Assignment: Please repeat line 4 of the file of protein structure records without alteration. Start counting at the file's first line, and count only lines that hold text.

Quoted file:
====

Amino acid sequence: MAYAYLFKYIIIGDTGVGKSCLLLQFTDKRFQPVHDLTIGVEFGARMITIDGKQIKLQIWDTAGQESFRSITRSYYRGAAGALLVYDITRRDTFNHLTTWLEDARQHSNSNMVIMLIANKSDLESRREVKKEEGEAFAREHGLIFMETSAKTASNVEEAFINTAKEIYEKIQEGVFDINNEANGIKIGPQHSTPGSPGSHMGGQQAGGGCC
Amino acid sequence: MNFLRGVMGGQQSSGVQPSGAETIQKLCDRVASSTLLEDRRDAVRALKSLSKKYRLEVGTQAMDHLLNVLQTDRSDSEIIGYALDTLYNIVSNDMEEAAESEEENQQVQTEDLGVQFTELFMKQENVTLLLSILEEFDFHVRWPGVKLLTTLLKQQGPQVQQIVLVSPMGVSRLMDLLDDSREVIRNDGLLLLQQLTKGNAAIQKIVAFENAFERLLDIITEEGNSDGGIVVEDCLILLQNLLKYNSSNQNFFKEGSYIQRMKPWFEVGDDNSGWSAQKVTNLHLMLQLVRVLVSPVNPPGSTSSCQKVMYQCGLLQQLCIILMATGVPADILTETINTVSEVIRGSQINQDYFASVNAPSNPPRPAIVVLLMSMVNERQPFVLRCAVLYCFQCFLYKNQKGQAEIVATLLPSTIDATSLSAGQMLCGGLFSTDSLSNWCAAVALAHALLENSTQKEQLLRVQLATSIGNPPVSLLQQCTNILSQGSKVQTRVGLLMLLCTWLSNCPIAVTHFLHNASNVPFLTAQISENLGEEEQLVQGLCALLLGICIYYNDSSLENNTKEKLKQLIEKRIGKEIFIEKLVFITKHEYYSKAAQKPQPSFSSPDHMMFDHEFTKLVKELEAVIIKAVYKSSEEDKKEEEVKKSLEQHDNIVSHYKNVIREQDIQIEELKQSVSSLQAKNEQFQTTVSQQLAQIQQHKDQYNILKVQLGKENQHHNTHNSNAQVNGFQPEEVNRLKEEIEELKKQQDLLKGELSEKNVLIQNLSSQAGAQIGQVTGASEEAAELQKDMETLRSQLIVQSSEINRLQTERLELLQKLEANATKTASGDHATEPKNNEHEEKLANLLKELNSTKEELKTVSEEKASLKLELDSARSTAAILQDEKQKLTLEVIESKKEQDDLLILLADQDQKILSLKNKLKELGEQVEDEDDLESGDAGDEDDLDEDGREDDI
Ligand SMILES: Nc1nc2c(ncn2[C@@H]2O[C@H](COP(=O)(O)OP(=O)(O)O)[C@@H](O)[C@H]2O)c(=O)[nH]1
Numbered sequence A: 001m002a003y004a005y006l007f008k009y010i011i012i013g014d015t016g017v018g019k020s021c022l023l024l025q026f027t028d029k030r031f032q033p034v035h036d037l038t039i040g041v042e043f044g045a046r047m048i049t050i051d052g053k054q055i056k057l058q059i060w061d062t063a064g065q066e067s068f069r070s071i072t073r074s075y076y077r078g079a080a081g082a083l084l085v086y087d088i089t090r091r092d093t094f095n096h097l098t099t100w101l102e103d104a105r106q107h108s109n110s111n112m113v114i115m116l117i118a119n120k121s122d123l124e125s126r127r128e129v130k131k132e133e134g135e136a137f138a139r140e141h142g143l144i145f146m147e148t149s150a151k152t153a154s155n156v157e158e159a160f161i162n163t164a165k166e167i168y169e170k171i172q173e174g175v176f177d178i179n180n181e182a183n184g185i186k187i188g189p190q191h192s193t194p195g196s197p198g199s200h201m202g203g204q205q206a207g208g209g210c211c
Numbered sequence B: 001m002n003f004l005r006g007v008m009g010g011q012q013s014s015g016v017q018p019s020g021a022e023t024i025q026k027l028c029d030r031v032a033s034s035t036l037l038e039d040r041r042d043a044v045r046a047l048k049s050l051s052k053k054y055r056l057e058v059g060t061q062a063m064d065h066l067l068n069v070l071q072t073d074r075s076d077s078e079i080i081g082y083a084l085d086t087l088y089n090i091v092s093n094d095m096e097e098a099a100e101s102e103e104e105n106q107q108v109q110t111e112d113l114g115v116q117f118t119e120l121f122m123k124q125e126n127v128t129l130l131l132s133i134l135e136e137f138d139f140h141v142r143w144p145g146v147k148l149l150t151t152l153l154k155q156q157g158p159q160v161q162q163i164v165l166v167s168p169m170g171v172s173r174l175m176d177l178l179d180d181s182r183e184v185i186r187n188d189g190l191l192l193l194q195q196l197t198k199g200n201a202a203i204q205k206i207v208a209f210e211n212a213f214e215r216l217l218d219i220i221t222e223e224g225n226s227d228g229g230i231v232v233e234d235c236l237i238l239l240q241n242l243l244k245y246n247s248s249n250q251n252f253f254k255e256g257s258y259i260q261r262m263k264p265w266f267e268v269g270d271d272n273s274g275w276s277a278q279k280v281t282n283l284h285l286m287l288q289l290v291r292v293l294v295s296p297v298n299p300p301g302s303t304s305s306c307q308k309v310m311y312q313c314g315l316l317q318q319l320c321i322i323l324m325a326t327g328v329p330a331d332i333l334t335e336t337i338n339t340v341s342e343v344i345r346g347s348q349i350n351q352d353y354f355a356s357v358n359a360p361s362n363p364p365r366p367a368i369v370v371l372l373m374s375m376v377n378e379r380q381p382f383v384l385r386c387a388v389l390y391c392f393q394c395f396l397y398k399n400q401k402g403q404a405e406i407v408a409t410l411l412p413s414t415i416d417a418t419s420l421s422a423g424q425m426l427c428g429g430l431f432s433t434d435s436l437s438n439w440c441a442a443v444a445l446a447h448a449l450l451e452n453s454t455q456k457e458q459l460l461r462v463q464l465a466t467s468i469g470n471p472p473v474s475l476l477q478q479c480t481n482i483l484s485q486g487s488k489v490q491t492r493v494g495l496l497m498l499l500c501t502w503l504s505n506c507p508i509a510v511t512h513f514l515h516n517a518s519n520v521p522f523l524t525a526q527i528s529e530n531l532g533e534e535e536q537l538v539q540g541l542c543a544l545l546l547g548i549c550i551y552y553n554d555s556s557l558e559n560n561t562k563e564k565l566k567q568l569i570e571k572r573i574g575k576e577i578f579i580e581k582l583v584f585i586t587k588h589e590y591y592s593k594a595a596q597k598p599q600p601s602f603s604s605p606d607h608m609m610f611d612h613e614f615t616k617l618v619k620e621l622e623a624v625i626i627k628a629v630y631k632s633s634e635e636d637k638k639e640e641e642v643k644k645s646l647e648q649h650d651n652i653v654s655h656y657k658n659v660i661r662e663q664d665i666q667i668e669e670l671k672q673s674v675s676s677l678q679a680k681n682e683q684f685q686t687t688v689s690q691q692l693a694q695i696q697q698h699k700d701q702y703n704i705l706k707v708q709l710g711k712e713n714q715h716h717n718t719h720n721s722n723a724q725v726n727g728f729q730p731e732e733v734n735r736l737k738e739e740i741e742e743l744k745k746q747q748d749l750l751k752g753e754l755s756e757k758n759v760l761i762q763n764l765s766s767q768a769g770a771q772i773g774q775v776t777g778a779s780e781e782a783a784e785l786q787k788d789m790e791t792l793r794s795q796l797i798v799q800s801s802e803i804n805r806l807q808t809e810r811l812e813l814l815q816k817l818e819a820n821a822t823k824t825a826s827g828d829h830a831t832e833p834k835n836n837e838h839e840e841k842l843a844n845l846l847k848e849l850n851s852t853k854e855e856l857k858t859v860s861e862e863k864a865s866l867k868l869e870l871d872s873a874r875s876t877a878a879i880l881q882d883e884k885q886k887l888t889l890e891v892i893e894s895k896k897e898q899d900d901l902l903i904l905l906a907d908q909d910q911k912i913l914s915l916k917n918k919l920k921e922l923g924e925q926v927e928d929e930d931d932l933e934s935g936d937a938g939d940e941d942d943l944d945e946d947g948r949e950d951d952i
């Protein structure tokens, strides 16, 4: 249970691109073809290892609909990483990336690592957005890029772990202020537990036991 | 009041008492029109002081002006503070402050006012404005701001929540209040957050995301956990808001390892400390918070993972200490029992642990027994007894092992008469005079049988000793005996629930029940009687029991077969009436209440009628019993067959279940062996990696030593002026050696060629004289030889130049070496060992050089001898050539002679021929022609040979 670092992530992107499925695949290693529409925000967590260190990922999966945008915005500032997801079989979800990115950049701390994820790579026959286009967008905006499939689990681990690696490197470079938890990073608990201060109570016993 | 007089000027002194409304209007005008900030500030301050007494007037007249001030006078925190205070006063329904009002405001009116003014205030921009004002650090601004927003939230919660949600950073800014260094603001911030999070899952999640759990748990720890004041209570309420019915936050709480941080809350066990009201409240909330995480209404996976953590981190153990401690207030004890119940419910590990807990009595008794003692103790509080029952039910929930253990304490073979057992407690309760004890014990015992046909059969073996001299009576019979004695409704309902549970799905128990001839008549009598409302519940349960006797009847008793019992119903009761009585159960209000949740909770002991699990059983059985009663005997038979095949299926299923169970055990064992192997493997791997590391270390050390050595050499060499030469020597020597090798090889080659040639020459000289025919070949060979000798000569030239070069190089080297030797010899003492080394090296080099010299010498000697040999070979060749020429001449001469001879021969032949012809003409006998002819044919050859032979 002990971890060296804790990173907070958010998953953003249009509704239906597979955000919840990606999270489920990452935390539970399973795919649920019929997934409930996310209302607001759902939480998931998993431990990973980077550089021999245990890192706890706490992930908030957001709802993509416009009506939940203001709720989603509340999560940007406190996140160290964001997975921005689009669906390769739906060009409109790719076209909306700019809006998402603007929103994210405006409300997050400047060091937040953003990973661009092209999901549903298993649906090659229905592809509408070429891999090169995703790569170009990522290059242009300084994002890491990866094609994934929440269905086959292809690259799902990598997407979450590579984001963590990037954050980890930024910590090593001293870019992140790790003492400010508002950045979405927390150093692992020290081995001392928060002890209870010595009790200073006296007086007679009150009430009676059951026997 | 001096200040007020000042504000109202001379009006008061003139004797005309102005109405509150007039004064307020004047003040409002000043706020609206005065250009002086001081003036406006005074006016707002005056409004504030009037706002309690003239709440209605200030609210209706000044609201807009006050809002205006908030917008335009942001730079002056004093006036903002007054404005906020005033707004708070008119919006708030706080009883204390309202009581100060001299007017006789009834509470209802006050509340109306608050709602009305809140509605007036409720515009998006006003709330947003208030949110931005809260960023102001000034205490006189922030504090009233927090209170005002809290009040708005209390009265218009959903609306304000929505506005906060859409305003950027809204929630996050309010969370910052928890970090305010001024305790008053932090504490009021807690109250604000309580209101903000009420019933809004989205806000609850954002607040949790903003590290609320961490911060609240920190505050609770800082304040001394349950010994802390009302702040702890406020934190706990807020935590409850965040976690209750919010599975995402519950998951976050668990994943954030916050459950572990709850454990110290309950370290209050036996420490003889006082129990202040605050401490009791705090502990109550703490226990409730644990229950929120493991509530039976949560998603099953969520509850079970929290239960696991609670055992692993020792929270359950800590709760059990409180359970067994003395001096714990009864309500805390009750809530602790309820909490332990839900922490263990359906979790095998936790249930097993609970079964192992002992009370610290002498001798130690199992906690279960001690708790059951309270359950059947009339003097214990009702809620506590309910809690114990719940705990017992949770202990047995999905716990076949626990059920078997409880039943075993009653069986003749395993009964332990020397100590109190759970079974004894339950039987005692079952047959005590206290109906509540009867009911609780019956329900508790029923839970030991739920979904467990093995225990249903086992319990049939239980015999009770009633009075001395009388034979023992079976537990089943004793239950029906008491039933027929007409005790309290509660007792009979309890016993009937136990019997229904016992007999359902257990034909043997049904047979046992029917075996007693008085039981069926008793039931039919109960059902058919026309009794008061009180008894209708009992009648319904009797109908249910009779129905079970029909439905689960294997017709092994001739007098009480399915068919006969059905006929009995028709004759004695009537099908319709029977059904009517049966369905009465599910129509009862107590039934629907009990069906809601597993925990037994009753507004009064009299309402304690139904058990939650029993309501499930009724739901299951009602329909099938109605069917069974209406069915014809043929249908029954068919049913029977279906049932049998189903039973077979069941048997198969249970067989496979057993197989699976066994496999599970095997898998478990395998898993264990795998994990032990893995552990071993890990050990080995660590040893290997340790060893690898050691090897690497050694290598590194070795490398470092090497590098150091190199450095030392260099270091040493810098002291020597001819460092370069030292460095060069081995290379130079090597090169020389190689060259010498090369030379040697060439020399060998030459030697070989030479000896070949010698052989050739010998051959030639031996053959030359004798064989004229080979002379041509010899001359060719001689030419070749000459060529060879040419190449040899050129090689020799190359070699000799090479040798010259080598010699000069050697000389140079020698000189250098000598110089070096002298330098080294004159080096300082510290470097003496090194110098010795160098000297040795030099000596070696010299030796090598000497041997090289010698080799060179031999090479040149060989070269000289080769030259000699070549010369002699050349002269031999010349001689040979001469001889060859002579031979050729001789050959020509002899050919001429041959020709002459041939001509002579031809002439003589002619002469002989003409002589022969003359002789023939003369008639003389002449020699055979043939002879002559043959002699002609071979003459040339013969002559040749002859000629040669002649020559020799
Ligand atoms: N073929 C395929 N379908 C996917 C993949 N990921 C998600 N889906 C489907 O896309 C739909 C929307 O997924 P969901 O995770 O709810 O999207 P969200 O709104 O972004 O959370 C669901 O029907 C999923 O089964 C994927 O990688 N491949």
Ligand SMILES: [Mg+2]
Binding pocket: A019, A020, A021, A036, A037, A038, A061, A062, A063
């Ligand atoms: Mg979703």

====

Numbered sequence A: 001m002a003y004a005y006l007f008k009y010i011i012i013g014d015t016g017v018g019k020s021c022l023l024l025q026f027t028d029k030r031f032q033p034v035h036d037l038t039i040g041v042e043f044g045a046r047m048i049t050i051d052g053k054q055i056k057l058q059i060w061d062t063a064g065q066e067s068f069r070s071i072t073r074s075y076y077r078g079a080a081g082a083l084l085v086y087d088i089t090r091r092d093t094f095n096h097l098t099t100w101l102e103d104a105r106q107h108s109n110s111n112m113v114i115m116l117i118a119n120k121s122d123l124e125s126r127r128e129v130k131k132e133e134g135e136a137f138a139r140e141h142g143l144i145f146m147e148t149s150a151k152t153a154s155n156v157e158e159a160f161i162n163t164a165k166e167i168y169e170k171i172q173e174g175v176f177d178i179n180n181e182a183n184g185i186k187i188g189p190q191h192s193t194p195g196s197p198g199s200h201m202g203g204q205q206a207g208g209g210c211c